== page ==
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Before hitting the U.S. mainland, Hurricane Hugo first hit the U.S. Virgin Islands and Puerto Rico.

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Hurricane Hugo Rips Through South Carolina

135-Mph Winds, Tides Pound Charleston Area

By Laura Parker and William Booth
Washington Post Staff Writers
Friday, September 22, 1989; Page A01
© The Washington Post

CHARLESTON, S.C., SEPT. 21 -- The eye of Hurricane Hugo, the region's most severe storm in 35 years, moved into South Carolina here about 11:30 p.m. with 135 mph winds and about a five-foot tidal surge that battered a wide area around this 319-year-old city, which was largely deserted.

Torrential rain and damaging winds shook the area, and severe flooding was reported, although the tidal surge was thought to be far greater -- perhaps as high as 17 feet -- about 25 miles north near the tiny town of McClellanville.

Charleston County and neighboring Georgetown County were reported using only emergency power about midnight, and telephone service went dead shortly after 11 p.m.

There were no immediate reports of casualties or estimates of damage from officials at the state's emergency preparedness center in the capital at Columbia about 100 miles away. One tornado was reported in the Columbia area.

Initial damage reports were spotty because of communications problems, and many involved roofs. The center said the roof of the National Weather Service building at Charleston Air Force Base blew off about two minutes after officials there reported by ham radio that Hugo's eye was above them.

In Georgetown near the coast north of Charleston, the center said, the roof blew off a school being used as a shelter, but no injuries were reported.

At 2 a.m. Friday, as Hugo slammed 100 mph winds at Berkeley County about 25 miles north of Charleston, authorities there cited "a chaotic situation" and asked for National Guard help in rescue and road-clearing operations, saying that people were stranded and that fire trucks could not reach blazes. No injuries were reported.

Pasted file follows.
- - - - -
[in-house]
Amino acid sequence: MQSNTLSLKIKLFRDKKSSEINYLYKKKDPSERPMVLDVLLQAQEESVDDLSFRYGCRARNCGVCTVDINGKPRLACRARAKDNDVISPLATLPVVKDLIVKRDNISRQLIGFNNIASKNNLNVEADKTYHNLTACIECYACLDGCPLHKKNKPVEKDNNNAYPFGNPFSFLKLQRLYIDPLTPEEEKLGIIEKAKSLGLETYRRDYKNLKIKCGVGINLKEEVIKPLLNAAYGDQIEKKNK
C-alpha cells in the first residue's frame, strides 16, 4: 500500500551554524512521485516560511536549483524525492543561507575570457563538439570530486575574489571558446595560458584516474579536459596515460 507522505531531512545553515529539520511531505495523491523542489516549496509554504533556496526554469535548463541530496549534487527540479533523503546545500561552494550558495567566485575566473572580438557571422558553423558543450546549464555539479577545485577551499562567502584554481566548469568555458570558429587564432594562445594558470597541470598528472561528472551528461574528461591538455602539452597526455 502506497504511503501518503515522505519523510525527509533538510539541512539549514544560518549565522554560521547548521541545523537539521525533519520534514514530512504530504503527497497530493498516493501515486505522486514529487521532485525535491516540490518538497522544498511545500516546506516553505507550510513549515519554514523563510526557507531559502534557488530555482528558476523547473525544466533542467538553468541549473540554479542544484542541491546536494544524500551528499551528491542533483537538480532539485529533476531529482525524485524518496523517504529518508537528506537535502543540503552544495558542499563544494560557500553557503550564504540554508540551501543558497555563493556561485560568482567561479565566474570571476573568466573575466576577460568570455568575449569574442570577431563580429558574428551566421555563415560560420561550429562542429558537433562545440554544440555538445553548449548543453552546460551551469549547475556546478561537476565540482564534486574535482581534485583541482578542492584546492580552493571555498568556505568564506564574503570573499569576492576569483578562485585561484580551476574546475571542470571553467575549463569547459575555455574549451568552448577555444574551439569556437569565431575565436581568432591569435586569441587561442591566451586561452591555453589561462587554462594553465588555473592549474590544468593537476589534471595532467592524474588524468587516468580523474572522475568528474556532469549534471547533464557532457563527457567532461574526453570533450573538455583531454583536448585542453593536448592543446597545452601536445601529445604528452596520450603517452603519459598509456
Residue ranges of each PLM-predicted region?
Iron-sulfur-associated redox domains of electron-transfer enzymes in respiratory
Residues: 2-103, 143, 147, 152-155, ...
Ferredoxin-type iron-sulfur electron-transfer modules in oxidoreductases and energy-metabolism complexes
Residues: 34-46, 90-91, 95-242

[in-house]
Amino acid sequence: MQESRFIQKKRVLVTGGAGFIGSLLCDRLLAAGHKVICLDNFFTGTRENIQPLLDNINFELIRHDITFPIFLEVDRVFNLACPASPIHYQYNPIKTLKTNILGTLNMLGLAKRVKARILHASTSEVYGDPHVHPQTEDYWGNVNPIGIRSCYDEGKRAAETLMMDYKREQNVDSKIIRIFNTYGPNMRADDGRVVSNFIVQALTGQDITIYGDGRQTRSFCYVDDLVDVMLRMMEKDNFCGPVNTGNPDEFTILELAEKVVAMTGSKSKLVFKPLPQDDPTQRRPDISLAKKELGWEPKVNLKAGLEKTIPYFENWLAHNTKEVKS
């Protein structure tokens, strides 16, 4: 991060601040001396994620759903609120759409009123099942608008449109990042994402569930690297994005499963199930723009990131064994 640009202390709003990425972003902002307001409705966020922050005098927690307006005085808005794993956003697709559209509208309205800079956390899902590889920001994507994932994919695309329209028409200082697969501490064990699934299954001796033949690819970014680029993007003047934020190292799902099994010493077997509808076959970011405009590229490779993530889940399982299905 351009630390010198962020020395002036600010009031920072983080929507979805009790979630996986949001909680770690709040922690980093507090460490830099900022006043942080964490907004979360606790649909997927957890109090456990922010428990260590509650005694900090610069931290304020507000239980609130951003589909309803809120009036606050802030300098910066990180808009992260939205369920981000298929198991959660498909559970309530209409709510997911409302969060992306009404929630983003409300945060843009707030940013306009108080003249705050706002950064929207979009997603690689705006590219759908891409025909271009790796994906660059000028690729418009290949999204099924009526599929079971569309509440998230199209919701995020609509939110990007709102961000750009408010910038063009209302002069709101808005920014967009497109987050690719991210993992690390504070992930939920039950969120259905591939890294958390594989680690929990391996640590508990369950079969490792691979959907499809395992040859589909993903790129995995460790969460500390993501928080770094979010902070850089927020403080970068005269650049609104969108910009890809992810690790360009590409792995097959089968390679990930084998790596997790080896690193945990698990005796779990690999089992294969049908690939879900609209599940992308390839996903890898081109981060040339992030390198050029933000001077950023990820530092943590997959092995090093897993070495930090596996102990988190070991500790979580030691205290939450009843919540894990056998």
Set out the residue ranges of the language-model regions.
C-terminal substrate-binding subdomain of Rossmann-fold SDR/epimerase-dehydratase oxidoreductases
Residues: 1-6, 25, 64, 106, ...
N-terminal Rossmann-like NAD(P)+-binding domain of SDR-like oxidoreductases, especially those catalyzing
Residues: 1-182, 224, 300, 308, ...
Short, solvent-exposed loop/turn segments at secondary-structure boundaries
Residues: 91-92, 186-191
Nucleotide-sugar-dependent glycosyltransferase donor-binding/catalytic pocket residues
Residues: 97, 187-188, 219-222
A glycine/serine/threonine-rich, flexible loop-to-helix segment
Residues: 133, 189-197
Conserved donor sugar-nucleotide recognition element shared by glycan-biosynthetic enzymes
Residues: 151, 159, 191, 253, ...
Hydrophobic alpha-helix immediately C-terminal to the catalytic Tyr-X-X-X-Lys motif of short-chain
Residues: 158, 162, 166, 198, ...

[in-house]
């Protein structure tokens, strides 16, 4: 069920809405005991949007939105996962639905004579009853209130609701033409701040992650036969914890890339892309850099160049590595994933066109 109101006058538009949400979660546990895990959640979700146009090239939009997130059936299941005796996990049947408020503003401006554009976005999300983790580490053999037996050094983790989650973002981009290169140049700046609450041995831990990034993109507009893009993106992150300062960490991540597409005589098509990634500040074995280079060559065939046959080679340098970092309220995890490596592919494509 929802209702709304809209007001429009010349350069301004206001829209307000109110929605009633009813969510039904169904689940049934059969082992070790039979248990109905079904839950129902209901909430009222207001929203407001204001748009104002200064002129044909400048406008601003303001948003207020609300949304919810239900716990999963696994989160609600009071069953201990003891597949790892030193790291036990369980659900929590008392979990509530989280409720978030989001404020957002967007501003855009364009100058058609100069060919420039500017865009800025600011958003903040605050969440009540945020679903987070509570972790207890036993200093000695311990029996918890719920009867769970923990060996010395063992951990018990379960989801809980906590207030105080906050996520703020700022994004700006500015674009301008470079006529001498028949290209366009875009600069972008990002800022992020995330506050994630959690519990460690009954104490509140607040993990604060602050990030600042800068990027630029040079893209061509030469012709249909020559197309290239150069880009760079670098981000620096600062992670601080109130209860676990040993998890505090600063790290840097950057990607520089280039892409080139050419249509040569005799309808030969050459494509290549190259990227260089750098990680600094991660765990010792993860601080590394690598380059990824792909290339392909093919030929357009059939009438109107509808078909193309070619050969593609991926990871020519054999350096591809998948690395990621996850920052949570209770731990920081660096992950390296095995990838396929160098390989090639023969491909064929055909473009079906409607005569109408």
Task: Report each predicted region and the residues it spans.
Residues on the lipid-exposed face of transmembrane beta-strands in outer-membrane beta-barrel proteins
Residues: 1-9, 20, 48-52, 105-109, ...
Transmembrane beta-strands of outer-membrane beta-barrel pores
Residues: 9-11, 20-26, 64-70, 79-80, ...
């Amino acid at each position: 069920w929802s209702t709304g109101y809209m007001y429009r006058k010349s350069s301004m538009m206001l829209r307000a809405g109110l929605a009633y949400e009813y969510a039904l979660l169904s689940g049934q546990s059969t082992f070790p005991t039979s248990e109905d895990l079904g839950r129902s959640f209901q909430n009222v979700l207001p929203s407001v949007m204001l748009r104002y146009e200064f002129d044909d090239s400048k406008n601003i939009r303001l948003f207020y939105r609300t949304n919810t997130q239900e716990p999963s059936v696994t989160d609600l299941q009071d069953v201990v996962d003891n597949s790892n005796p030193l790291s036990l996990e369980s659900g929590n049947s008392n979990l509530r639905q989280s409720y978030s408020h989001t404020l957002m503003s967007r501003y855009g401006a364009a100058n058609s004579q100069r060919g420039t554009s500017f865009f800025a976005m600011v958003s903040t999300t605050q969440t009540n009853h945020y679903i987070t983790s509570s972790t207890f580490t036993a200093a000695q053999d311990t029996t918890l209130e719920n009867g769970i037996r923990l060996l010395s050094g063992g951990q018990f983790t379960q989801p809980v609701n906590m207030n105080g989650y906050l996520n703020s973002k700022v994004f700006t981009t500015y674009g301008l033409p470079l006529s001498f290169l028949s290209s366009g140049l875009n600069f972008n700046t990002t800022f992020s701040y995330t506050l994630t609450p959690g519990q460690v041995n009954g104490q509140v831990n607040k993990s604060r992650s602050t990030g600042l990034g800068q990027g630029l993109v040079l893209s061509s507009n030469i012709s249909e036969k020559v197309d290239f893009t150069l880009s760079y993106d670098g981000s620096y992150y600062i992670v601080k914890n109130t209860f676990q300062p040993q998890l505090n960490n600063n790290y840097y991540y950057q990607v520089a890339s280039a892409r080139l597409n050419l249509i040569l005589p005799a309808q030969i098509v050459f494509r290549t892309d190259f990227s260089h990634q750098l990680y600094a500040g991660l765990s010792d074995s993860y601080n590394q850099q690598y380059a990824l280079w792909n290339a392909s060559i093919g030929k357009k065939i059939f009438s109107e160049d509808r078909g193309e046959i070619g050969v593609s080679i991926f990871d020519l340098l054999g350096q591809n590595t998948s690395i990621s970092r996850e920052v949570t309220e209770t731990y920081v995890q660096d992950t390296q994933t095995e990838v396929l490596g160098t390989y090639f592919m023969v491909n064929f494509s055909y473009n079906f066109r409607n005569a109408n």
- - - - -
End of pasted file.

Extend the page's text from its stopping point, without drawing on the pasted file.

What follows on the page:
Officials at two Charleston hospitals said early Friday morning that no injured people had been treated, but one added, "No one can move around."

In Charleston about 10 p.m., windows had begun bulging and popping at the eight-story Omni Hotel near the Battery along the sea wall. Authorities said the windows had been tested to withstand winds of 250 mph.

Just before midnight, the National Hurricane Center reported from Coral Gables, Fla., that winds in downtown Charleston were being measured at 100 mph with gusts to 119 mph.

The center said that most of Hugo's punch was in the portion behind the eye and that heavy rain and high winds could remain in the Charleston area until midday Friday.

Power outages had begun about 9 p.m., well after most of the people in this city of more than 75,000 had been evacuated. About 200 people were at the darkened Omni, most of them Charleston residents who said they had decided not to leave the area.

More than 200 highway patrol officers and 1,300 members of the National Guard were stationed inland to keep people out of coastal areas. As soon as the storm passed, they were planning to move toward the coast to assist cleanup efforts and maintain order, according to officials at the center.

Officials said more than 120,000 people had been evacuated from Charleston County almost three hours before Hugo reached the area. Officials said 22,800 people were in 121 shelters statewide.

At the Omni, Allison Harwood, who is in her 60s and said she lives near the hotel, said she had come for shelter because she did not want to leave her house, built in the 1700s. She said she had taped all of the doors and windows.

The hotel doors were barricaded, with sandbags piled in front of doors. People were urged not to leave, and only reporters departed, interested in seeing the area near the sea wall.

By 10:15 p.m., word passed through the hotel that windows in a sixth-floor room were breaking and that windows elsewhere were bulging. Workmen carrying wooden 2-by-4s passed through the lobby on their way to repair French doors that had blown open.

Outside, electrical power went out by sections in the city, officials said. Lightning flashed occasionally, centuries-old trees bent toward the earth or were uprooted and rain poured in sheets.